Comédie-Française - Ivo van Hove
Electra / Orestes
Following the hugely successful The Damned which premiered at the Cour d’Honneur of the Palais des Papes at the Festival d’Avignon 2016 and was repeated at Salle Richelieu, Ivon van Hove once again joins forces with the company of Comédie-Française, delivering another impressive gallery of characters, focusing on the House Atreides. This second collaboration of Comédie-Française with one of the internationally acclaimed masters of theatre, this time on an ancient Greek tragedy, was the perfect opportunity for Éric Ruf, general administrator of Comédie-Française, and Vangelis Theodoropoulos, artistic director of Athens & Epidaurus Festival, to bring together these two great institutions of European theatre in a collaborative project.
This performance marks the first time ever that the oldest active theatre company in the world will perform at the Ancient Theatre of Epidaurus.
Ivo van Hove, who opened Athens Festival 2018 with his extremely successful stage adaptation of Bergman’s Persona / After the Rehearsal has clarified that all of his collaborations are born out of his love at first sight with a particular text. In this case, the director brings together two Euripides plays telling the story of Electra and Orestes and more specifically how the two siblings reunite and make a pact to take revenge against their mother, Clytemnestra, and her lover, Aegisthus. This performance also marks the first time that Euripides’ Electra will be performed by Comédie-Française. Orestes was last presented by the company at Salle Richelieu back in 1923.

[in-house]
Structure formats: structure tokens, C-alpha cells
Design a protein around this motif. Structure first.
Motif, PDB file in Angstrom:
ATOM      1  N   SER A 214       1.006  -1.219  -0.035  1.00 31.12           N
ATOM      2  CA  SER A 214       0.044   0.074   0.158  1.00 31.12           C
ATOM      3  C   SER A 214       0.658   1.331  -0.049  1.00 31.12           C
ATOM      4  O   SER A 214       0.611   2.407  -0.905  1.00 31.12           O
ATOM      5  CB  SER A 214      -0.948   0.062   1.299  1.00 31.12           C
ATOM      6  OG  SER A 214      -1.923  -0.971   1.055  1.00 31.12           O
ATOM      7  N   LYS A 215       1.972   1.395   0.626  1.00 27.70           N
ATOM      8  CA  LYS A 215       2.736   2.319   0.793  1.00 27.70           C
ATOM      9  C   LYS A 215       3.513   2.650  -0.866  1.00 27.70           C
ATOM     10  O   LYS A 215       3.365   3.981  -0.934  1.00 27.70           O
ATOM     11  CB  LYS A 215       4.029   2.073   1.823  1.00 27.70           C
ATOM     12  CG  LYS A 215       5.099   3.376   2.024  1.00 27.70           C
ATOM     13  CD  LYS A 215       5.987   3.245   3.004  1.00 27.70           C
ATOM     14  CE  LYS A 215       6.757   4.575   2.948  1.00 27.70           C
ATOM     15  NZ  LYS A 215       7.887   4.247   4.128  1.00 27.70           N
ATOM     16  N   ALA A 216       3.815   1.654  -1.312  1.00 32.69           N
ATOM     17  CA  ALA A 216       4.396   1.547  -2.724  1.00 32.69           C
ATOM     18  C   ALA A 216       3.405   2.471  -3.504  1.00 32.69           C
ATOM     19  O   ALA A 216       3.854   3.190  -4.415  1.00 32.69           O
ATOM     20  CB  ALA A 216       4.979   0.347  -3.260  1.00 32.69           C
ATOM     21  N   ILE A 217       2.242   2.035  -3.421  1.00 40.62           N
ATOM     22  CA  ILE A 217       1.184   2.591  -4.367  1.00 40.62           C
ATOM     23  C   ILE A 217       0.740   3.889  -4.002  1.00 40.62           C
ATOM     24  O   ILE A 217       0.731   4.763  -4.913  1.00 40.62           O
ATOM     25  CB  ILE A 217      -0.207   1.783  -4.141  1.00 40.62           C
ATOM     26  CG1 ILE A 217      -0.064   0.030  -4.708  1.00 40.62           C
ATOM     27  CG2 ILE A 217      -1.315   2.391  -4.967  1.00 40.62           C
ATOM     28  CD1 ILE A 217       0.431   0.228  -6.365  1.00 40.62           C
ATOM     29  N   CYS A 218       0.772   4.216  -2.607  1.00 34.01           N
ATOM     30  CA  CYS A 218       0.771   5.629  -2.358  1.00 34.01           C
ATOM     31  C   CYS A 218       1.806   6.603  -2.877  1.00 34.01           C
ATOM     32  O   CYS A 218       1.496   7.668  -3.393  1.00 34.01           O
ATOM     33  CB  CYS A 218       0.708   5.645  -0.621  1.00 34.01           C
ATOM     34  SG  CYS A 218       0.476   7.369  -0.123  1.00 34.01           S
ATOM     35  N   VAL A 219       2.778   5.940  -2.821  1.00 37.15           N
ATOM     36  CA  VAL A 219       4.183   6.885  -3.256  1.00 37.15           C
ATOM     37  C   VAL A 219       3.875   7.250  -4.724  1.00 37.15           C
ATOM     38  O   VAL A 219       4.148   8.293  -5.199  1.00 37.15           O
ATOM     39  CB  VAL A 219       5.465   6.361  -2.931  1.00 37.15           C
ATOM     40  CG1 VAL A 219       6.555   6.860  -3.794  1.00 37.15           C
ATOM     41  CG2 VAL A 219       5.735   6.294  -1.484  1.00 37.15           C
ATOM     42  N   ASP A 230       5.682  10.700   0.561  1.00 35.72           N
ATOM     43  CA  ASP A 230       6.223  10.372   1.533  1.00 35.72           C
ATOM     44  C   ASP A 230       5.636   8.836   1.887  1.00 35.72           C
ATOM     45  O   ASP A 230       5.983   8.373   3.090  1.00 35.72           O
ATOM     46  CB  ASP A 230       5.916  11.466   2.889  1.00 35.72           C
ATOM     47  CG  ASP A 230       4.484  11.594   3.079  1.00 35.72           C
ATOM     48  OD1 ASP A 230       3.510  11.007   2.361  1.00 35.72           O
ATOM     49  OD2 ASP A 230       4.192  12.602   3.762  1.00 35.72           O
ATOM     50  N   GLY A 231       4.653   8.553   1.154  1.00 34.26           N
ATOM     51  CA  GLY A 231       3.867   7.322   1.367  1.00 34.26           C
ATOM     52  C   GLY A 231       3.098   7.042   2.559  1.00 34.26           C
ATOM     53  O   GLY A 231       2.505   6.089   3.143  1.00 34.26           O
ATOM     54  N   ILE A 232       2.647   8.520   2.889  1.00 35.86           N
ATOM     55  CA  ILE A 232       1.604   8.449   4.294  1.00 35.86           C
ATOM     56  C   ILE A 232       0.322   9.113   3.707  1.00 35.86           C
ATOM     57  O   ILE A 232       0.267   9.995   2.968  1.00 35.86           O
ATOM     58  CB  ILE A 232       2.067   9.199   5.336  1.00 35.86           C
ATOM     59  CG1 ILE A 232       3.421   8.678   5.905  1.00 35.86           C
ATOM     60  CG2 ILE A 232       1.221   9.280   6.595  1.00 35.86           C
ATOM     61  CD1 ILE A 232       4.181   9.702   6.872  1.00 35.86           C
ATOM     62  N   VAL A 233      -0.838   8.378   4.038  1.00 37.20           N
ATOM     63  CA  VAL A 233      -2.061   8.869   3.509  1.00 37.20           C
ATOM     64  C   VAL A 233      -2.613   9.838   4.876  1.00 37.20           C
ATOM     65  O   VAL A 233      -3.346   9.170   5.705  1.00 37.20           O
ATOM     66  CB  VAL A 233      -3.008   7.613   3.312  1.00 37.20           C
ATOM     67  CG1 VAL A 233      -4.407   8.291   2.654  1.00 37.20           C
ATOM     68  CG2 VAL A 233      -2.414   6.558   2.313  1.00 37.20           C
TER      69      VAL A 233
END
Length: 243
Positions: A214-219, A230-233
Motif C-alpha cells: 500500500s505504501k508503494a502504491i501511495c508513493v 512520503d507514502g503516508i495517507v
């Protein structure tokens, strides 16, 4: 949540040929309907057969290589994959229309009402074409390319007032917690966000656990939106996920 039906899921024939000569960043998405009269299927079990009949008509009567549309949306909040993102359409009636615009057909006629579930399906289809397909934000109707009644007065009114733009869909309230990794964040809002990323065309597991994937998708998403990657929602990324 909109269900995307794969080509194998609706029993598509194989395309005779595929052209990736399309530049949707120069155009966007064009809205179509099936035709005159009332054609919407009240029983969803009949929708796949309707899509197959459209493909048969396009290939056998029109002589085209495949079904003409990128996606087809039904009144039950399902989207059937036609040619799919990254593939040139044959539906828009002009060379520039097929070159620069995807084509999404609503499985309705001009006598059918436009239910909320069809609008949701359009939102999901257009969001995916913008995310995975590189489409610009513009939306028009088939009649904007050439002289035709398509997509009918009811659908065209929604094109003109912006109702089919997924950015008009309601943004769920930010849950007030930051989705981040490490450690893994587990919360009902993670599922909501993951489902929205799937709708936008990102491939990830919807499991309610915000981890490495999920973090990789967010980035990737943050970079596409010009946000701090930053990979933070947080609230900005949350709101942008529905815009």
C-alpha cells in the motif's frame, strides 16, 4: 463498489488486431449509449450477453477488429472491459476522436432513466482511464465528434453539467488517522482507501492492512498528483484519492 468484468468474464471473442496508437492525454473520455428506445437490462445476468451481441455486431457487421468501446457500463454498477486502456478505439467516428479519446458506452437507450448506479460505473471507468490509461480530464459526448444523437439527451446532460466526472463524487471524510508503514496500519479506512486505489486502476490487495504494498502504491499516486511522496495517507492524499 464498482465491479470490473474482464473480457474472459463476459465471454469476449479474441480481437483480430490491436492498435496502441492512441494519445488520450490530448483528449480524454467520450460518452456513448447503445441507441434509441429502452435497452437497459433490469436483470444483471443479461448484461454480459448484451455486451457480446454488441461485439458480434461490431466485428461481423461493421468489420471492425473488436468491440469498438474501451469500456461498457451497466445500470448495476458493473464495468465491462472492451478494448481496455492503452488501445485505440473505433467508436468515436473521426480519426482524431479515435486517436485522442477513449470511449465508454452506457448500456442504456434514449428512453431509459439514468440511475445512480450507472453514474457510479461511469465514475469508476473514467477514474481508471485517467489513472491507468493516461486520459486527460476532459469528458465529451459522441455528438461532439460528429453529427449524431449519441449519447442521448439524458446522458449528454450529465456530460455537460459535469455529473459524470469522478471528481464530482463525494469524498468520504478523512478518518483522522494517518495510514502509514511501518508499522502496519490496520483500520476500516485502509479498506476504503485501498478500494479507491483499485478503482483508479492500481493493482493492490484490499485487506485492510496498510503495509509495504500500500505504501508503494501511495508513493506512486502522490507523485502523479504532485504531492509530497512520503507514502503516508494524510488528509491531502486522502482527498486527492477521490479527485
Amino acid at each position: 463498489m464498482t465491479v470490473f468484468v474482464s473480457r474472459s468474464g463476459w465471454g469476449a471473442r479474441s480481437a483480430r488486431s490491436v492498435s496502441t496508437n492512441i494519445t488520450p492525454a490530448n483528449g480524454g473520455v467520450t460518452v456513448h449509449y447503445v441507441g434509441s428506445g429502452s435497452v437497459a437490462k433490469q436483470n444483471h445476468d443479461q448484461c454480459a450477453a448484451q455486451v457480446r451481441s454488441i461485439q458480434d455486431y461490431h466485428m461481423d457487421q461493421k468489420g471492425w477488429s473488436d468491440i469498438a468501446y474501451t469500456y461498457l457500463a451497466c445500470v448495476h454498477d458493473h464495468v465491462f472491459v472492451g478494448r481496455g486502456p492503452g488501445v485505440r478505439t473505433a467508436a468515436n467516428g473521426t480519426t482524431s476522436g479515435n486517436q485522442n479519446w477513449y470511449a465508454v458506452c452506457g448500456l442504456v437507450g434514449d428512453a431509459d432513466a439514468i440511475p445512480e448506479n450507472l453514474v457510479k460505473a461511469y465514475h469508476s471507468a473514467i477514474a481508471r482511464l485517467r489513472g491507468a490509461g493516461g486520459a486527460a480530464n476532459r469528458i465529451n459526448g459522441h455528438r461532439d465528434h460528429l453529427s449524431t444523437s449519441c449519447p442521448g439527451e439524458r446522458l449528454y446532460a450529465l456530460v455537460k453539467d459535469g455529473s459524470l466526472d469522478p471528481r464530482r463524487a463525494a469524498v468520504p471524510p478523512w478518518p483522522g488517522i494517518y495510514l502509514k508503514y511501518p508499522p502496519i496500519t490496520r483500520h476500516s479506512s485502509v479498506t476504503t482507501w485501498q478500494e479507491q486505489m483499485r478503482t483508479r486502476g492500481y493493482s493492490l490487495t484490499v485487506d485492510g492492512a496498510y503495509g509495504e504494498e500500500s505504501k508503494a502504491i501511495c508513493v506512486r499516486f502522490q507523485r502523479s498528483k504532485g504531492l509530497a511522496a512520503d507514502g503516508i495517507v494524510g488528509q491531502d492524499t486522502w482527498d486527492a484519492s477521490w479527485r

Widely acclaimed for his formidable talent and his ability to dramatize texts, the director of Toneelgroep Amsterdam constantly redefines his aesthetics and his relationship with the actors. Even though Van Hove denounces the concept of the ‘method,’ he revisits the ancient drama, paying tribute to its social dimension and illuminating the myth with a very clear sense of its relevance to our times.
The story in Ivo van Hove’s words
Electra and Orestes are brother and sister. Young, hurt, fragile and vulnerable, they turn into savage beasts. They have never really known their father, who left when they were little to serve as the commander of the Greek army during the Trojan War. They think of their mother, Clytemnestra, as the enemy, and of their family home as the battleground. Agamemnon’s absence has elevated him into a hero in their eyes. Driven away from their home, the former royal offspring, Electra and Orestes, have become refugees inside their own family and their own country.
Warning: some scenes may offend the sensitivity of young audiences
Directed by Ivo van Hove
Stage adaptation: Bart Van den Eynde and Ivo van Hove
Translated into French: Marie Delcourt-Curvers
Set and lighting design: Jan Versweyveld
Costume design: An D’Huys
Original music - Sound concept: Eric Sleichim
Choreography: Wim Vandekeybus
Dramaturgy: Bart Van den Eynde
Assistant to the director: Laurent Delvert
Assistant to the set designer: Roel Van Berckelaer
Assistant to the costume designer: Sylvie Lombart
Assistant to the lighting designer: François Thouret
Assistant to the sound designer: Pierre Routin
Assistant to the choreographer: Laura Aris
With the actors of Comédie-Française: Claude Mathieu (Coryphaeus), Cécile Brune (chorus), Sylvia Bergé (chorus), Éric Génovèse (Phrygian slave), Bruno Raffaelli (old Mycenaean man), Denis Podalydès (Menelaus), Elsa Lepoivre (Clytemnestra / Helen), Julie Sicard (Chorus), Loïc Corbery (Pylades), Suliane Brahim (Electra), Benjamin Lavernhe (Mycenaean man), Didier Sandre (Tyndaerus), Christophe Montenez (Orestes), Rebecca Marder (Hermione), Gaël Kamilindi (Apollo).
And the actors of L'Académie de la Comédie-Française: Peio Berterretche (Aegisthus), Pauline Chabrol, Olivier Lugo, Noémie Pasteger, Léa Schweitzer (Chorus)
and Adélaïde Ferrière, Emmanuel Jacquet, Rodolphe Théry - Trio Xenakis, Othman Louati, Romain Maisonnasse, Benoît Maurin (percussions)
French translation published by Éditions Gallimard in the Folio theatre collection
Premiere: Salle Richelieu, 27 April 2019